If you find this, run!
Sorry. I tried, Marcus
James dropped the paper and ran for the stairs, picking the boys up under his arms as he went.
They ran the length of the corridor, stopping at the bottom of the stepladder.
James heard footsteps in the room above. He drew his children to one side holding one finger to his lips; shh.
He couldn’t risk calling but he sent a simple text to Tash:Marcus’ whistle echoed down from above. James held his sons close not knowing what to think. With every fibre of his being he wished they could be somewhere else. He whispered into their hair:
“If you get away go to the golf-course. Tash will keep you safe.”
Tash’s heart sank as the tiny form of Harry awkwardly lifted himself over the fence and ran to her. She gathered her strength and launched herself out of the stone circle to collect the boy.
He swung his arms, copying runners he’d seen on TV. It didn’t help his speed, in fact Tash worried that he was making himself a clearer target. She reached the boy just as the black smoke appeared. Marcus’ face drifted past her, expressionless, cold.
Harry squealed as he fell to the ground. Marcus had his leg. Tash flung herself at him, grasping his hands. She pulled. With all her might she pulled.
Harry’s shoe slipped off in Marcus’ hand (‘My lighty-up shoe!’). Tash seized her chance, hauling the boy to her. She gathered him up and run for the circle.
Marcus gathered into his solid form and ran after them.
Tash snapped her legs back and forth, leaping more than running. Marcus gained on them with relative ease but stopped, the blue glow of the stone circle reflected in his black eyes.
Marcus hovered outside the stone circle but the digging and ‘planting’ continued. Harry seemed pleased to have something to do. Tash wondered how much he understood about what was happening.
A new thought occurred to her as she lifted more soil; there were three bags, no matter how hard they worked no matter how many bones were in contact with the stones, they would never be enough. Mr Thomas still had a bag and that was enough for his needs.
She looked at Marcus. More than enough.
Marcus circled them, drifting instead of running. Soon all they could see was a circle of smoke and a face swirling past. He grinned:
“I’m needed elsewhere. See you all very soon.”
And he was gone. It was nice to be out from under his watch but they couldn’t let themselves slow down.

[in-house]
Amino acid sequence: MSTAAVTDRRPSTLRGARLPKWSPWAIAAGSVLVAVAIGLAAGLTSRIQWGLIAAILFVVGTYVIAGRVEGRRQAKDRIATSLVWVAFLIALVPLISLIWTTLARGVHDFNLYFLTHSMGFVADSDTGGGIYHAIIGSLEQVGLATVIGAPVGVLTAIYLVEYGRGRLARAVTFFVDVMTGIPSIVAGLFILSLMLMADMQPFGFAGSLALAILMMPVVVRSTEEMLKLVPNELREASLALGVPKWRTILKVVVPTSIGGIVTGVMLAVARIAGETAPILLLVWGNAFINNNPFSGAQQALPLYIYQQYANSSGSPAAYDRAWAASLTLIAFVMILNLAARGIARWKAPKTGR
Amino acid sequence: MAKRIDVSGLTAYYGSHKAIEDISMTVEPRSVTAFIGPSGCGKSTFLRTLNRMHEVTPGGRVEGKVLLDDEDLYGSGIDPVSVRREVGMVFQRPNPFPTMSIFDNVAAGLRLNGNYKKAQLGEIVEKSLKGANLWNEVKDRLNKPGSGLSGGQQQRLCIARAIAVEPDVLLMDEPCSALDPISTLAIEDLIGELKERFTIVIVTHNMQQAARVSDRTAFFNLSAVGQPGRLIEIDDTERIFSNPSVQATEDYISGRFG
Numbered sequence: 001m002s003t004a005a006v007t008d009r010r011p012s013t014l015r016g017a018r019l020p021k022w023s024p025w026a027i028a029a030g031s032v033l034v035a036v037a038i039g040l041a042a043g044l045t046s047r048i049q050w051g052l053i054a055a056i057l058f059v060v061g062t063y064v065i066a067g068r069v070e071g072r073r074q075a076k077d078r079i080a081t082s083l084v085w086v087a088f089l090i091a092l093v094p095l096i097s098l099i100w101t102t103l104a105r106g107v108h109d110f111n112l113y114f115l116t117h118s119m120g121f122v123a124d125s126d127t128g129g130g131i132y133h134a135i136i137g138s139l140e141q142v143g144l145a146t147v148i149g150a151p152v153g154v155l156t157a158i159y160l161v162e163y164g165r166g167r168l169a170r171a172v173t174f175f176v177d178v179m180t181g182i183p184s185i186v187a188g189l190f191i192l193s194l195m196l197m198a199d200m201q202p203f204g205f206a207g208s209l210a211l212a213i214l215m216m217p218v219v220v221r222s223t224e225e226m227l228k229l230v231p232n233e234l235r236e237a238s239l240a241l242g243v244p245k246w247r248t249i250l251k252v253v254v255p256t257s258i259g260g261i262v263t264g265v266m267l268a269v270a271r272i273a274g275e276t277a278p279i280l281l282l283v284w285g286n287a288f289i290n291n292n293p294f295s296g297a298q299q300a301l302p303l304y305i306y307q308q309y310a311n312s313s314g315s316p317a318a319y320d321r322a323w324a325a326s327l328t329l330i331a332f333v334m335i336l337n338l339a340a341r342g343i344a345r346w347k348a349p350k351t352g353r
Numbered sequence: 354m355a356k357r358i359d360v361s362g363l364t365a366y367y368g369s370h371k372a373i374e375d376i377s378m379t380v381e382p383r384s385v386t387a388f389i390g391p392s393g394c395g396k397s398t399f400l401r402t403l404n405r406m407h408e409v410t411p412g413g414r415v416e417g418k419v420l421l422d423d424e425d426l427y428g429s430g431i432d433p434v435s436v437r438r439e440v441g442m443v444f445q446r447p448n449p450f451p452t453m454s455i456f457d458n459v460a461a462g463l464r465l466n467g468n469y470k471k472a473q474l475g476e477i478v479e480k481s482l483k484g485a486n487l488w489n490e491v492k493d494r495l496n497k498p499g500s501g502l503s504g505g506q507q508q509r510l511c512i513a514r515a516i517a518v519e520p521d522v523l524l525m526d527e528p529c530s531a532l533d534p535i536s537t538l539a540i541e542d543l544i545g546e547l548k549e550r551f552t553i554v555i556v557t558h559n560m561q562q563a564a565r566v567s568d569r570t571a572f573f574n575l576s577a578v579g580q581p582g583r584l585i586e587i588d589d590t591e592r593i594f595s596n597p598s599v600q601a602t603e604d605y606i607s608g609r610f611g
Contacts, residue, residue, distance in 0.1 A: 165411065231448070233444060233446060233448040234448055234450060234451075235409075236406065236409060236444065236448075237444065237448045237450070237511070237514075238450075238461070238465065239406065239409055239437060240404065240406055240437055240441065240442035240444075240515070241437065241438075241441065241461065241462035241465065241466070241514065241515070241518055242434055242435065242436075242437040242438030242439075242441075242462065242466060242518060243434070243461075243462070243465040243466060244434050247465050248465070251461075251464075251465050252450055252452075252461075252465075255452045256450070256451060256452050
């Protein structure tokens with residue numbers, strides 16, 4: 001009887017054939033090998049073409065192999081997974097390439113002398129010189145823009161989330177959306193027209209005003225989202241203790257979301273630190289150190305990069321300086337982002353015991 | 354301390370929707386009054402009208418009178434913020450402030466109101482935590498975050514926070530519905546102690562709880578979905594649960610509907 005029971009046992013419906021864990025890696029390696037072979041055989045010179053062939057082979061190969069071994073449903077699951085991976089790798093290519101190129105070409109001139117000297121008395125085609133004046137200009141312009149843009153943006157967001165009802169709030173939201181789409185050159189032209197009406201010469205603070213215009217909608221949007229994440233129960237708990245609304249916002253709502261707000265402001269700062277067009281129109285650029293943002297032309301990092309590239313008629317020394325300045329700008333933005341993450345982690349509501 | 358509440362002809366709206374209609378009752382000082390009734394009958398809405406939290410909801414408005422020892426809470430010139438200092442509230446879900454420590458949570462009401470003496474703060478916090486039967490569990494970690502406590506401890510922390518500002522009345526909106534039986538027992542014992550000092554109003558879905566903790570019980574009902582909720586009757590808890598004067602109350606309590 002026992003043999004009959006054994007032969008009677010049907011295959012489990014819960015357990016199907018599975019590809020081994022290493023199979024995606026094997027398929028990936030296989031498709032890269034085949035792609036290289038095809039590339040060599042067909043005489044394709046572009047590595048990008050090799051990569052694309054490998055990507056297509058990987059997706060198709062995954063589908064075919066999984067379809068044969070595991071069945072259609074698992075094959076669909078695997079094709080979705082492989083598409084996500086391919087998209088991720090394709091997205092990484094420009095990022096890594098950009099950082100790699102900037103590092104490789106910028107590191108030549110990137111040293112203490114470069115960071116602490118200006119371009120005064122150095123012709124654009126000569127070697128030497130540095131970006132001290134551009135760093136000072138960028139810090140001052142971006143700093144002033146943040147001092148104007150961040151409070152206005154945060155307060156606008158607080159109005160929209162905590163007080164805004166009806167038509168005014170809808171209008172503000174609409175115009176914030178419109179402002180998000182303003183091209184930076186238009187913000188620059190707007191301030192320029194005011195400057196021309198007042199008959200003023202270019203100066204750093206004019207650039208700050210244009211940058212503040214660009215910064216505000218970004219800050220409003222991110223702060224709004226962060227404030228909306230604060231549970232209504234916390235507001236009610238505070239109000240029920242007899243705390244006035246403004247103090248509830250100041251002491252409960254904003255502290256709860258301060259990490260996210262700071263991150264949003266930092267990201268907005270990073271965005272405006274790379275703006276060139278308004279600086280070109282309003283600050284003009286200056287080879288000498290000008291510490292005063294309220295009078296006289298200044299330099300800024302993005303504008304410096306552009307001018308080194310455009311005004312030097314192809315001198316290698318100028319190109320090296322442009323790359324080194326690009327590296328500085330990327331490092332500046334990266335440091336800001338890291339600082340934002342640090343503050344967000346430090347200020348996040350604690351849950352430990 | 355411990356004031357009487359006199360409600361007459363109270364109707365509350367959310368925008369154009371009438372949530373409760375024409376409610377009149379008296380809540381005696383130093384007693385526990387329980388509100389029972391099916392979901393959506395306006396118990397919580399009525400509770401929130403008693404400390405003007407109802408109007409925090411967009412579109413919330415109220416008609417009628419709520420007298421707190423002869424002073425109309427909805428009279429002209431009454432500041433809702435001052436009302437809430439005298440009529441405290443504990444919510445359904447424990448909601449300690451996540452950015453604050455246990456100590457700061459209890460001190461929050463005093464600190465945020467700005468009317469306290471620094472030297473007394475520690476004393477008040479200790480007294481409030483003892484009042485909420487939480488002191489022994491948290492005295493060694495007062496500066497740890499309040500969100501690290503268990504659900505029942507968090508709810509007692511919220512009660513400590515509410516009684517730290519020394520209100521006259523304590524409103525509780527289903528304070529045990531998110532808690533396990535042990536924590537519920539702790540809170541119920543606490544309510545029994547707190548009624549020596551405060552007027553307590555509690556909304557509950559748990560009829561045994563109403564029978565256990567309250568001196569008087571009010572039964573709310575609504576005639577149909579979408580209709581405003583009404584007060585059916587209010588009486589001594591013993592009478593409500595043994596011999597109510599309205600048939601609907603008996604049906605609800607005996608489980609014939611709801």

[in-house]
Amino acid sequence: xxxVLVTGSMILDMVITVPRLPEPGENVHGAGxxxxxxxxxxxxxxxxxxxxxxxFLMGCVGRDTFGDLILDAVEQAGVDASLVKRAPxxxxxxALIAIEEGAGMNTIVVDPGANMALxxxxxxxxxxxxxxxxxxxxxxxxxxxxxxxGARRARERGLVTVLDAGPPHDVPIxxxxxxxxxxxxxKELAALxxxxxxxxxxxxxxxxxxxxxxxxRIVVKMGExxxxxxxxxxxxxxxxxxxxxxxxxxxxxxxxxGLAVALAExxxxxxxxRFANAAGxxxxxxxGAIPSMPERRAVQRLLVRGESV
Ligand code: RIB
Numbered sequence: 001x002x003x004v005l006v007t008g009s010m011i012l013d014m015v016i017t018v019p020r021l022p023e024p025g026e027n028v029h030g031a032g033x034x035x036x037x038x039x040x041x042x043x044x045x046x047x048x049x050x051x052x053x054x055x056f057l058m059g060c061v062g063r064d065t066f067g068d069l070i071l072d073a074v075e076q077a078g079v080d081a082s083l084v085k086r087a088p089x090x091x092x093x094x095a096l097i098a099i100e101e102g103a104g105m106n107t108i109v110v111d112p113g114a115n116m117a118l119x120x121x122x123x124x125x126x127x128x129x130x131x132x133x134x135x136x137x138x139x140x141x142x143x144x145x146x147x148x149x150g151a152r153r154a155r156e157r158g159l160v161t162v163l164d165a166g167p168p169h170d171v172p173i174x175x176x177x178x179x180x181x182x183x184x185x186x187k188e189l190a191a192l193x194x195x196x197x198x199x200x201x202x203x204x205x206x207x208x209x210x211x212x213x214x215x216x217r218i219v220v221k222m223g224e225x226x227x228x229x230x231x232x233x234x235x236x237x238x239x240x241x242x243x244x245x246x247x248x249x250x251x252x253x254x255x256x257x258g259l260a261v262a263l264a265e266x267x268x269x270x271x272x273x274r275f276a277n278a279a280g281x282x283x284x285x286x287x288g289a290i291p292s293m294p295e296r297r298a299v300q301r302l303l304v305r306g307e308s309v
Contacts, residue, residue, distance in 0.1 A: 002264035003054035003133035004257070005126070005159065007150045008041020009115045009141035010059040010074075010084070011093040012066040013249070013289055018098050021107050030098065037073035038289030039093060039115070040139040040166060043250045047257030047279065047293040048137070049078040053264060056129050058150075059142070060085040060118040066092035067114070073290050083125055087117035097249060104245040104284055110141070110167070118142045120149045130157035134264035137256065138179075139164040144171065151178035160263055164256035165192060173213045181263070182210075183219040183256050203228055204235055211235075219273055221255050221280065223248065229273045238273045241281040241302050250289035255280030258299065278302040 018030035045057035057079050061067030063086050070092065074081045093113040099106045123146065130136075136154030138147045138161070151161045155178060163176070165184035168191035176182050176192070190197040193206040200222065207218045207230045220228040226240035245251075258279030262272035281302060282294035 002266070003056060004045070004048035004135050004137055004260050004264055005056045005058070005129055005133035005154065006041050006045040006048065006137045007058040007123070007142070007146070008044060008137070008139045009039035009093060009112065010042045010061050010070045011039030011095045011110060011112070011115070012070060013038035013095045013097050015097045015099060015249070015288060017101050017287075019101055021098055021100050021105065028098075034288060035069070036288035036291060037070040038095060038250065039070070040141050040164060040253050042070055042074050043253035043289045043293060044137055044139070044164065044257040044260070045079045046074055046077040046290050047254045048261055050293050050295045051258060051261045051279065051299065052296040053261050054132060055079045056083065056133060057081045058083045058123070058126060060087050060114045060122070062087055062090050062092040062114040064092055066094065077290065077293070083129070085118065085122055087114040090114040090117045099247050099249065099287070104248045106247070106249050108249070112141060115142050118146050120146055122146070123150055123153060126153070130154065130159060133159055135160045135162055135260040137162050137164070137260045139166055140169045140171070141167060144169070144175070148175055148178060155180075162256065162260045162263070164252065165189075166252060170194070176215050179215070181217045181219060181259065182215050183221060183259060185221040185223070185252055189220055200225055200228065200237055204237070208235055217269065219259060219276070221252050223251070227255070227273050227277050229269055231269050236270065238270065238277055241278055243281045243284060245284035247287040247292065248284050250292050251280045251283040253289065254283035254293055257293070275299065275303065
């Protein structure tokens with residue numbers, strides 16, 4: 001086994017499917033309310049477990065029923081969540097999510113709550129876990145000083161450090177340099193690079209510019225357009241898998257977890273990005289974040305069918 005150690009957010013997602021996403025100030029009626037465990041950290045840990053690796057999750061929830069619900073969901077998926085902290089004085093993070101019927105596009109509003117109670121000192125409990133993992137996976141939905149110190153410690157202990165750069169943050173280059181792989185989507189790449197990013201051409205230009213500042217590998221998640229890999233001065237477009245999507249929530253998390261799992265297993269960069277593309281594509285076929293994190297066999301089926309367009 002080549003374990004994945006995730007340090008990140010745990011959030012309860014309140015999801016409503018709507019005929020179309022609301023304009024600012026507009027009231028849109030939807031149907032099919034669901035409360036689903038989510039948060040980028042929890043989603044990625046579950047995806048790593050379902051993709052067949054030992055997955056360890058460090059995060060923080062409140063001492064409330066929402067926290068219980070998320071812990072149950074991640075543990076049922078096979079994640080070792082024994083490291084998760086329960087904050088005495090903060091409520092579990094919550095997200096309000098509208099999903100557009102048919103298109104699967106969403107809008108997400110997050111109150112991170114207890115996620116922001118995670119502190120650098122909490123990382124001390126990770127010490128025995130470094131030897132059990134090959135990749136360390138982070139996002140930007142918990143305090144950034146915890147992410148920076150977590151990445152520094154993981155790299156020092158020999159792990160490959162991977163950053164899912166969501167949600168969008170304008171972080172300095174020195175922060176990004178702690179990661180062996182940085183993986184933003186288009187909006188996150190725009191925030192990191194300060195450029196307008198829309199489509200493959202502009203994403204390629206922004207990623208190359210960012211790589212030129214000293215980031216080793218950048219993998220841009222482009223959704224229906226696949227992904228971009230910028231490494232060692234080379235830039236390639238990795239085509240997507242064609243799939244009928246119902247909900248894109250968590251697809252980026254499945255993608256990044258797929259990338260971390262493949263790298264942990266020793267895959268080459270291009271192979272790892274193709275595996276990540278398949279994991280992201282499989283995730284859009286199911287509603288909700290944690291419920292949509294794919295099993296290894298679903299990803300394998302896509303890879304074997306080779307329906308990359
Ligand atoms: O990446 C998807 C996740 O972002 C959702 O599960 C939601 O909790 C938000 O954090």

Andrew’s phone beeped. 8pm a reminder for some show he wanted to watch. Meaningless now and so much of the night still to get through. Ten minutes went by then came a crackling electrical sound. Ross grabbed his police radio from an abandoned pocket.
“All hands, all hands. We have reports of another missing child in Crieff. Suspect same perpetrator as previous incident. Take precautions, this guy is stronger than he looks.”
Tash sat down on one of the rocks:
“More kids. We can’t let him get away with this. Got to keep at it.”
They continued with their work. The bones in one of the bags rattled for a moment, as if stirred up by something. Marcus drifted into view near the golf-course gates. He wasn’t happy, Tash could tell. All the same he had been sent by his puppet-master to gloat about the new addition. He played his part.
This pattern continued. More calls on the radio. Every time Marcus appeared the bones would rattle (Marcus must be like a magnet to them, Tash wondered if he was trying to draw them out of the circle for his old master). Marcus came to gloat over every kidnapping, grinning his false grin, forced to laugh by a puppet-master he despised.
Five children taken. Ten children.
By the time fifteen children had been taken, the town was lit up by the blue flashing lights of most of the police cars for the region.
Tash could remember what the captured were going through. She had been there herself once (albeit briefly). However, the sheer volume of kidnappings left her imagining a prison, teaming with children, tired, confused, frightened. How was he doing this? Why so many? and where could he be hiding them all?
Keep up with the story
Click here to go to ‘Marcus: Chapter 19: Count the Ghosts‘.
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Thanks for reading, all the best, John